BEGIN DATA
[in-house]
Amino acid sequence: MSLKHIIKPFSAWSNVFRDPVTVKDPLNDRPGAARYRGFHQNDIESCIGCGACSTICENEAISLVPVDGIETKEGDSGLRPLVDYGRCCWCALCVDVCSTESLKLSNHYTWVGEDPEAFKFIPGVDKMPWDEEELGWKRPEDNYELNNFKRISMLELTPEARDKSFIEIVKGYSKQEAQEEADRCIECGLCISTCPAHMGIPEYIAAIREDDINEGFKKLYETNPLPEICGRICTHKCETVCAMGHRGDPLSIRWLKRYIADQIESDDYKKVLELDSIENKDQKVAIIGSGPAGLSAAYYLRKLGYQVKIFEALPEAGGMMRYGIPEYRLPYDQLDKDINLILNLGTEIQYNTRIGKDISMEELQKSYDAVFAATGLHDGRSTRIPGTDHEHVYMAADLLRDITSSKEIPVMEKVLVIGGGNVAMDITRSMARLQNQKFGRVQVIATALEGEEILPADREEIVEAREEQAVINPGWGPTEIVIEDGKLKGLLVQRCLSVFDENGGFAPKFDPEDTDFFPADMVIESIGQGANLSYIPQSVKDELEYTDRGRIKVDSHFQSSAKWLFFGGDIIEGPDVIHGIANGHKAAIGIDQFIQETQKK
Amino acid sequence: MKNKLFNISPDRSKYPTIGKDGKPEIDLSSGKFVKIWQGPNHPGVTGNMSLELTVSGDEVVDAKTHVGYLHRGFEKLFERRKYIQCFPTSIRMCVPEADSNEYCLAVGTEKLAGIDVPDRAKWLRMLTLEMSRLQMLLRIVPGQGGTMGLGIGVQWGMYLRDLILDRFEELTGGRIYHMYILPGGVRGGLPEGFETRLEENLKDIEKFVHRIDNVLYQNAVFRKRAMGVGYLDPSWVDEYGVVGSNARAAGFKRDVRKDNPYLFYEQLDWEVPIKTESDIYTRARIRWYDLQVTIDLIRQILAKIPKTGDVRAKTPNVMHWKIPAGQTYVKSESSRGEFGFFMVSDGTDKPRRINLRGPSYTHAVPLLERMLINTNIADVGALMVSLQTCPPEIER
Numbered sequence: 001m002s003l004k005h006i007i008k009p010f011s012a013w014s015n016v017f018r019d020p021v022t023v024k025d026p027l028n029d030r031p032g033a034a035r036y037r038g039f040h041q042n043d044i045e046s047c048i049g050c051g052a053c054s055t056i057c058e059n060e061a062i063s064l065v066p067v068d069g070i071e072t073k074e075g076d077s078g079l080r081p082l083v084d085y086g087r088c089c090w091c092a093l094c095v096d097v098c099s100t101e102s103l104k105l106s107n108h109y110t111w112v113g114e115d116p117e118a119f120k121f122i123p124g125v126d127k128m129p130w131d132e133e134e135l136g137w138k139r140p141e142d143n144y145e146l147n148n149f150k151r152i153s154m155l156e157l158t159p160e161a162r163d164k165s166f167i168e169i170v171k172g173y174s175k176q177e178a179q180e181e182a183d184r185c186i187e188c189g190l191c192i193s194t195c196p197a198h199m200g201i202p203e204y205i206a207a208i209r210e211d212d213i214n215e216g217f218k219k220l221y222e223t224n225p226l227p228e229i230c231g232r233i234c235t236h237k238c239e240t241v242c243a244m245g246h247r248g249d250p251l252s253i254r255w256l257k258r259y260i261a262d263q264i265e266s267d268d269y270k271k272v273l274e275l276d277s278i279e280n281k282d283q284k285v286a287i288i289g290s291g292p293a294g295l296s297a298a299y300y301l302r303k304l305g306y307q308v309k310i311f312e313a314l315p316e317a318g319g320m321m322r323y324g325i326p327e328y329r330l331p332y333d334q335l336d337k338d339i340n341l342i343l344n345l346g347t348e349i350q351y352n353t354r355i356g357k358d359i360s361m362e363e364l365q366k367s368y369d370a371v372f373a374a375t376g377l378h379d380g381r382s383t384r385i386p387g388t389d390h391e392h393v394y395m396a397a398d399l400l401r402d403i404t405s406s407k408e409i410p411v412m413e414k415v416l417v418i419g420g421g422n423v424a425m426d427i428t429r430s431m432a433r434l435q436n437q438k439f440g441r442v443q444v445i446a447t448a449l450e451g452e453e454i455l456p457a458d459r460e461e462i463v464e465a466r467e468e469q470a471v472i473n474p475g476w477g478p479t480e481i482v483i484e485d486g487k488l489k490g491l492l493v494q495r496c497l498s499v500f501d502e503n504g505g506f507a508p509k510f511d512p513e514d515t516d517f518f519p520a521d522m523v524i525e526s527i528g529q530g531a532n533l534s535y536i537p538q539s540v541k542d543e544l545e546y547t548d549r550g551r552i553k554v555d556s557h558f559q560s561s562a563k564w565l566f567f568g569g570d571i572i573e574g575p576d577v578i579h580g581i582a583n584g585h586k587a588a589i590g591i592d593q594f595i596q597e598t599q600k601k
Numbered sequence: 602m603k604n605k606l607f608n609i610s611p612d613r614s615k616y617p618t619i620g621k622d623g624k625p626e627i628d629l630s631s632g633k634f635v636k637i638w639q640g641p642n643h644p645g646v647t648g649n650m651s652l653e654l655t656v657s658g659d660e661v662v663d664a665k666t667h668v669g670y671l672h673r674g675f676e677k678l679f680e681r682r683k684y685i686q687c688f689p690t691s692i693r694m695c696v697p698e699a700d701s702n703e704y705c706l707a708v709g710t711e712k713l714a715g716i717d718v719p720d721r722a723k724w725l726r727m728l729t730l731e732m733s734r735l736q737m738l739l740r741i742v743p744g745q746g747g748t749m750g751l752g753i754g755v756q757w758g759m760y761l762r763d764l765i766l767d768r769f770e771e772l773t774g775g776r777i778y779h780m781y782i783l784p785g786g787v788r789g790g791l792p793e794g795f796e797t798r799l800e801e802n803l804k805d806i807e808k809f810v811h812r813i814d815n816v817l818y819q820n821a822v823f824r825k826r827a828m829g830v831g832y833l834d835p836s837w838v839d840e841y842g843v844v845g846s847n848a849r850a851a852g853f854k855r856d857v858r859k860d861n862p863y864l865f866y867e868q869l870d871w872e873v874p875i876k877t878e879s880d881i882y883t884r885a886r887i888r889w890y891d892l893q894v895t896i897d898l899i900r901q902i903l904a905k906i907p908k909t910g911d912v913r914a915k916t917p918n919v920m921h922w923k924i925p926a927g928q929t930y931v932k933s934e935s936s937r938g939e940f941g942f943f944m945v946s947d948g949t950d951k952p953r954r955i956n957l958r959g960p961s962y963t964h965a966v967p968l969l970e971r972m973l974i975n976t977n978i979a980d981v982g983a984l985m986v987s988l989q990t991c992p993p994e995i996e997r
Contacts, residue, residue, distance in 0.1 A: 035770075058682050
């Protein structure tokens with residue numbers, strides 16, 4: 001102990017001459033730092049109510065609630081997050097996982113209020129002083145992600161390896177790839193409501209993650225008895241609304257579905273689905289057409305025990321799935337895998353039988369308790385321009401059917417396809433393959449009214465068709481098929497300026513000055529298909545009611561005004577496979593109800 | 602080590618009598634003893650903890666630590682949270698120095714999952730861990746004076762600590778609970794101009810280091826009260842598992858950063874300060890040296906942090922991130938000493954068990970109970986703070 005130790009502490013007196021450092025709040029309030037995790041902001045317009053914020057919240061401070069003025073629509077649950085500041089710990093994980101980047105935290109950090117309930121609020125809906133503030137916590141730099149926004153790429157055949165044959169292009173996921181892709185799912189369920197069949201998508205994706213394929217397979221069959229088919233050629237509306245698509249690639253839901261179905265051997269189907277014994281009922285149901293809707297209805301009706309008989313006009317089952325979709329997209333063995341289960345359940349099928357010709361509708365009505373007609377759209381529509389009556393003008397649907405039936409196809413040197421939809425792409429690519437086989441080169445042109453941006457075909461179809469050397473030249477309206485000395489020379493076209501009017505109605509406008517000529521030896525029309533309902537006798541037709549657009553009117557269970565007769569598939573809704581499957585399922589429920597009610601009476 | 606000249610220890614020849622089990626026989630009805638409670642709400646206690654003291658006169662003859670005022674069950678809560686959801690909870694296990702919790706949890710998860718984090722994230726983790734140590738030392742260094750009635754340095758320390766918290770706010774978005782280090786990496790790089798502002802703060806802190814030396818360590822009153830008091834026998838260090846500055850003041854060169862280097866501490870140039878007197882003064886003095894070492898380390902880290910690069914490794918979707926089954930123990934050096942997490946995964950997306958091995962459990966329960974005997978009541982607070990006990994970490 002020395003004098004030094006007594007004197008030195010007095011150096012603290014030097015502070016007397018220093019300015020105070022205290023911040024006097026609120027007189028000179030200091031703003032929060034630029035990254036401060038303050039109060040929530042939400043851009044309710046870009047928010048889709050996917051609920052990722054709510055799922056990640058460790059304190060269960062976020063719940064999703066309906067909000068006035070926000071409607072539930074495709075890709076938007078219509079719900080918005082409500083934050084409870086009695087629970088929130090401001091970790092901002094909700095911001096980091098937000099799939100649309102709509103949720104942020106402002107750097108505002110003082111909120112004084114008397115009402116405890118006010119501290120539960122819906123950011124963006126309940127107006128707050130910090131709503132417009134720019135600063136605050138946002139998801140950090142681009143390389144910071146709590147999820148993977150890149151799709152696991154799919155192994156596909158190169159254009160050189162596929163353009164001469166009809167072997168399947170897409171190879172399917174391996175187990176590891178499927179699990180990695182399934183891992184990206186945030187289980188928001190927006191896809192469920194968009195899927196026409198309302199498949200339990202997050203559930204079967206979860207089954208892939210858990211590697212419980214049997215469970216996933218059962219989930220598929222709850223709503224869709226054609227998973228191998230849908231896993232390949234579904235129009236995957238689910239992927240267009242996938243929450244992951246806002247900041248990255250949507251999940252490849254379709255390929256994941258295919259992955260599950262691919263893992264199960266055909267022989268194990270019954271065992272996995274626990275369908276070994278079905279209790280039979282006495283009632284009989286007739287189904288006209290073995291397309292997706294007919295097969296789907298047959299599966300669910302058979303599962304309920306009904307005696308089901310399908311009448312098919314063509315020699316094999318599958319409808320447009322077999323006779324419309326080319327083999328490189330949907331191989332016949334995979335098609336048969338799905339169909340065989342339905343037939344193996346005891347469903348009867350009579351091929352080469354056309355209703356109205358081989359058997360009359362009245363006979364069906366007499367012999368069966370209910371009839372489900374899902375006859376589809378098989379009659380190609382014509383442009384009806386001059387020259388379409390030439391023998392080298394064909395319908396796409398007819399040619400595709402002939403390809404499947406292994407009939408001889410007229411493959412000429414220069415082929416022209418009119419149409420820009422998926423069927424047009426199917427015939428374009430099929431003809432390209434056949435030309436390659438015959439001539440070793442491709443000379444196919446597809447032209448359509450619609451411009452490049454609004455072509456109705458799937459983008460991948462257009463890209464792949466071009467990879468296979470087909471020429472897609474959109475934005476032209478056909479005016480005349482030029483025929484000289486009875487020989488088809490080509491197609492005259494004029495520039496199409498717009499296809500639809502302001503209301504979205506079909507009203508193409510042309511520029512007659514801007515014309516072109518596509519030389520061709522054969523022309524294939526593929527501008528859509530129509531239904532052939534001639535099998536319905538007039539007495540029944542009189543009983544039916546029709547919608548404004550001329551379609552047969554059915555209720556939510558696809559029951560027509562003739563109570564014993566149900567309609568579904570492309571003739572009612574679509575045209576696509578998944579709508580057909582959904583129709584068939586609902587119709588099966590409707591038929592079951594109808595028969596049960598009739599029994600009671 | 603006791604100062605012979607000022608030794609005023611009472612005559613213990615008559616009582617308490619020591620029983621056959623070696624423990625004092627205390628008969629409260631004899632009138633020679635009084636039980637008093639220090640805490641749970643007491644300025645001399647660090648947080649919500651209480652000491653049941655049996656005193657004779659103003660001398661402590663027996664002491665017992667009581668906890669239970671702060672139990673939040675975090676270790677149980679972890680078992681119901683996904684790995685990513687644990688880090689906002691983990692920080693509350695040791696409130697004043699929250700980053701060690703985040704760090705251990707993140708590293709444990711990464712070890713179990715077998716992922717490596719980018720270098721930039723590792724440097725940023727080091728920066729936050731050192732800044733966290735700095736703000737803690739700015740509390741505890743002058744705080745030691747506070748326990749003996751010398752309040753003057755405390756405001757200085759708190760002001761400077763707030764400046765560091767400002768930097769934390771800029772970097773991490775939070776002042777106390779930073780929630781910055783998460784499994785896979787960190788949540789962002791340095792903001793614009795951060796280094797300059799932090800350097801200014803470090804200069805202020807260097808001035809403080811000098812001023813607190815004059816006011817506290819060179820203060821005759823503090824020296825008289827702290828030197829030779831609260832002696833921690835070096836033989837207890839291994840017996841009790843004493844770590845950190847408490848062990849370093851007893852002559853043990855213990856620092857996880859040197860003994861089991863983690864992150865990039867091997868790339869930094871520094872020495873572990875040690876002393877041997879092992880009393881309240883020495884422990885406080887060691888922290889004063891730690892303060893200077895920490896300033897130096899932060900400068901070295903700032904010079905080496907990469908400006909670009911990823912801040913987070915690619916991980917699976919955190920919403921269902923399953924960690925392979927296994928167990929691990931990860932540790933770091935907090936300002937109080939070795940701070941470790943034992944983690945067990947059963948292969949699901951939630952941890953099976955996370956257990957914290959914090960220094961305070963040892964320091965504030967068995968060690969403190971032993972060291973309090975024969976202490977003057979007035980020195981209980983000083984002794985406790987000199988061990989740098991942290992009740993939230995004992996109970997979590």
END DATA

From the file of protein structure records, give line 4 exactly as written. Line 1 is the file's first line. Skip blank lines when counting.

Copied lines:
Numbered sequence: 001m002s003l004k005h006i007i008k009p010f011s012a013w014s015n016v017f018r019d020p021v022t023v024k025d026p027l028n029d030r031p032g033a034a035r036y037r038g039f040h041q042n043d044i045e046s047c048i049g050c051g052a053c054s055t056i057c058e059n060e061a062i063s064l065v066p067v068d069g070i071e072t073k074e075g076d077s078g079l080r081p082l083v084d085y086g087r088c089c090w091c092a093l094c095v096d097v098c099s100t101e102s103l104k105l106s107n108h109y110t111w112v113g114e115d116p117e118a119f120k121f122i123p124g125v126d127k128m129p130w131d132e133e134e135l136g137w138k139r140p141e142d143n144y145e146l147n148n149f150k151r152i153s154m155l156e157l158t159p160e161a162r163d164k165s166f167i168e169i170v171k172g173y174s175k176q177e178a179q180e181e182a183d184r185c186i187e188c189g190l191c192i193s194t195c196p197a198h199m200g201i202p203e204y205i206a207a208i209r210e211d212d213i214n215e216g217f218k219k220l221y222e223t224n225p226l227p228e229i230c231g232r233i234c235t236h237k238c239e240t241v242c243a244m245g246h247r248g249d250p251l252s253i254r255w256l257k258r259y260i261a262d263q264i265e266s267d268d269y270k271k272v273l274e275l276d277s278i279e280n281k282d283q284k285v286a287i288i289g290s291g292p293a294g295l296s297a298a299y300y301l302r303k304l305g306y307q308v309k310i311f312e313a314l315p316e317a318g319g320m321m322r323y324g325i326p327e328y329r330l331p332y333d334q335l336d337k338d339i340n341l342i343l344n345l346g347t348e349i350q351y352n353t354r355i356g357k358d359i360s361m362e363e364l365q366k367s368y369d370a371v372f373a374a375t376g377l378h379d380g381r382s383t384r385i386p387g388t389d390h391e392h393v394y395m396a397a398d399l400l401r402d403i404t405s406s407k408e409i410p411v412m413e414k415v416l417v418i419g420g421g422n423v424a425m426d427i428t429r430s431m432a433r434l435q436n437q438k439f440g441r442v443q444v445i446a447t448a449l450e451g452e453e454i455l456p457a458d459r460e461e462i463v464e465a466r467e468e469q470a471v472i473n474p475g476w477g478p479t480e481i482v483i484e485d486g487k488l489k490g491l492l493v494q495r496c497l498s499v500f501d502e503n504g505g506f507a508p509k510f511d512p513e514d515t516d517f518f519p520a521d522m523v524i525e526s527i528g529q530g531a532n533l534s535y536i537p538q539s540v541k542d543e544l545e546y547t548d549r550g551r552i553k554v555d556s557h558f559q560s561s562a563k564w565l566f567f568g569g570d571i572i573e574g575p576d577v578i579h580g581i582a583n584g585h586k587a588a589i590g591i592d593q594f595i596q597e598t599q600k601k